Colorado’s 24.5 million acres of forests cover approximately 37% of the state. They range from low elevation drought tolerant forests like pinyon-juniper to high elevation water loving forests like spruce-fir. The most common forest types in Colorado are spruce-fir, aspen, lodgepole pine, and pinyon-juniper. These diverse forests provide a home for many of Colorado’s native species, and an important refuge for the millions of people live and visit.
Where ever you are in Colorado, whether it’s the capitol building in downtown Denver or the or a remote valley in the San Juans, forests make life possible. The vast majority of Colorado’s water passes through forests. These forests help clean water and reduce loss from evaporation. Forests help cool our communities and provide an important break from busy urban life. Most of our biodiversity can be found in Colorado’s forests at some point in their life cycle. Each year 10's of millions tourist visit Colorado creating jobs and fueling local economies. For many of these visitors, a trip to Colorado’s scenic forests is the high point of their trip. Forests make life in Colorado possible but they require our continued care and protection.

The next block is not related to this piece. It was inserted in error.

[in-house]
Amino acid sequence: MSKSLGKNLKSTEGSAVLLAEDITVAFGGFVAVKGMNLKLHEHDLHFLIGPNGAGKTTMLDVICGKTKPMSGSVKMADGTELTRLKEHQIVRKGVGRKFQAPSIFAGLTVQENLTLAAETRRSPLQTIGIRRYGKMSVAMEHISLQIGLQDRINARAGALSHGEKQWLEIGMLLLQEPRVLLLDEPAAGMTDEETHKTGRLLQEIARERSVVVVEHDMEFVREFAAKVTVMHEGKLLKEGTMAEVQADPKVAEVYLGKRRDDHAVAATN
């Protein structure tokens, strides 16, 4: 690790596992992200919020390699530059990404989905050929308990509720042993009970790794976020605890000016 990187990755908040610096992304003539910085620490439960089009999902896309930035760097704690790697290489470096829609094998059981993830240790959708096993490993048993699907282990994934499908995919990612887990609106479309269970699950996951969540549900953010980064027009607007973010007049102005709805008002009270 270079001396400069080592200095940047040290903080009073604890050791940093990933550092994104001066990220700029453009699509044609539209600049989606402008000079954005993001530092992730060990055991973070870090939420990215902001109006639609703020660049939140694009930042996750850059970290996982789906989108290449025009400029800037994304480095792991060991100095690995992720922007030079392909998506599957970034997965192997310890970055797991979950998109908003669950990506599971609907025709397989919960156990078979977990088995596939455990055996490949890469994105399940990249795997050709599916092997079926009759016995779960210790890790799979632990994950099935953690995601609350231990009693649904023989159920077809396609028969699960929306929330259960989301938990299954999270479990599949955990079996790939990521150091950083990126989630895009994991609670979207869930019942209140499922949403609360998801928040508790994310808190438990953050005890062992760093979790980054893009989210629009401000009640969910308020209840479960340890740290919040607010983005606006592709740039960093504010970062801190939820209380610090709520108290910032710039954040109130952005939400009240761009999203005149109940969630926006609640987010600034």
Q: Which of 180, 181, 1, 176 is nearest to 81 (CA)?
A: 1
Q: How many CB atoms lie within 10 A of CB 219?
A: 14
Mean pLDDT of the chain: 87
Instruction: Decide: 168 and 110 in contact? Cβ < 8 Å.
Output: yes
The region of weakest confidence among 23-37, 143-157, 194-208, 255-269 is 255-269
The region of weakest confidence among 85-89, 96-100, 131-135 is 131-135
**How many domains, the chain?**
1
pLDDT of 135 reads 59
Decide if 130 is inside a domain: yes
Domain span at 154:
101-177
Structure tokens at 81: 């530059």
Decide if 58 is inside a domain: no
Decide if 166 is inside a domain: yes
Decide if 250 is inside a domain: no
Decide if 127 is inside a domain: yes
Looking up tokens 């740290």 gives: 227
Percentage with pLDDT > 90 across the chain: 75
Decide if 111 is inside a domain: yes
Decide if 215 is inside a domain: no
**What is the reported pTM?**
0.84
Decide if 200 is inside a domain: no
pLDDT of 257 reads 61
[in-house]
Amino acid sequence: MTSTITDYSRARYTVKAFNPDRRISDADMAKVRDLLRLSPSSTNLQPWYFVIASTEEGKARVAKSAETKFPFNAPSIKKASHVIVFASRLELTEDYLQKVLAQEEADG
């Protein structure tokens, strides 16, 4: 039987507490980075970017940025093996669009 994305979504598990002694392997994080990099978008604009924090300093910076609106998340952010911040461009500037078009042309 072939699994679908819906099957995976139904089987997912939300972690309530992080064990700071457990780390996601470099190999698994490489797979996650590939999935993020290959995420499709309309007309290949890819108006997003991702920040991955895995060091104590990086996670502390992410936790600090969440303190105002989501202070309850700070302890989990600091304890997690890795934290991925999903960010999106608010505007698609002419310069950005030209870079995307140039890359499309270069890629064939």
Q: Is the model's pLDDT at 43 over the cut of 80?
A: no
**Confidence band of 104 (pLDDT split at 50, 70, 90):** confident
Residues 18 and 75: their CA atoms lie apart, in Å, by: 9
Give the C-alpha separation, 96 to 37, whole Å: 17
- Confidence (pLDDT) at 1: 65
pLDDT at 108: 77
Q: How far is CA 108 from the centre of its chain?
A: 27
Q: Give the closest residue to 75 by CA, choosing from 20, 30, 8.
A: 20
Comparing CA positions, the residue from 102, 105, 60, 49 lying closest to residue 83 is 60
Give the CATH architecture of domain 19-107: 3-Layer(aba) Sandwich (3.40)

The future of Colorado’s forests is far from certain. Across the state, most of our forests are experiencing the impacts of climate change. Almost all our conifer forests are battling or recovering from large scale bark beetle outbreaks. Aspen stands are in decline after prolonged drought and high temperatures. Throughout Colorado, wildfires are increasing in both size and frequency. Many of these fires are made possible or more severe by climate change. The future of our forests depend on preventing climate change and continuing to protect our forests.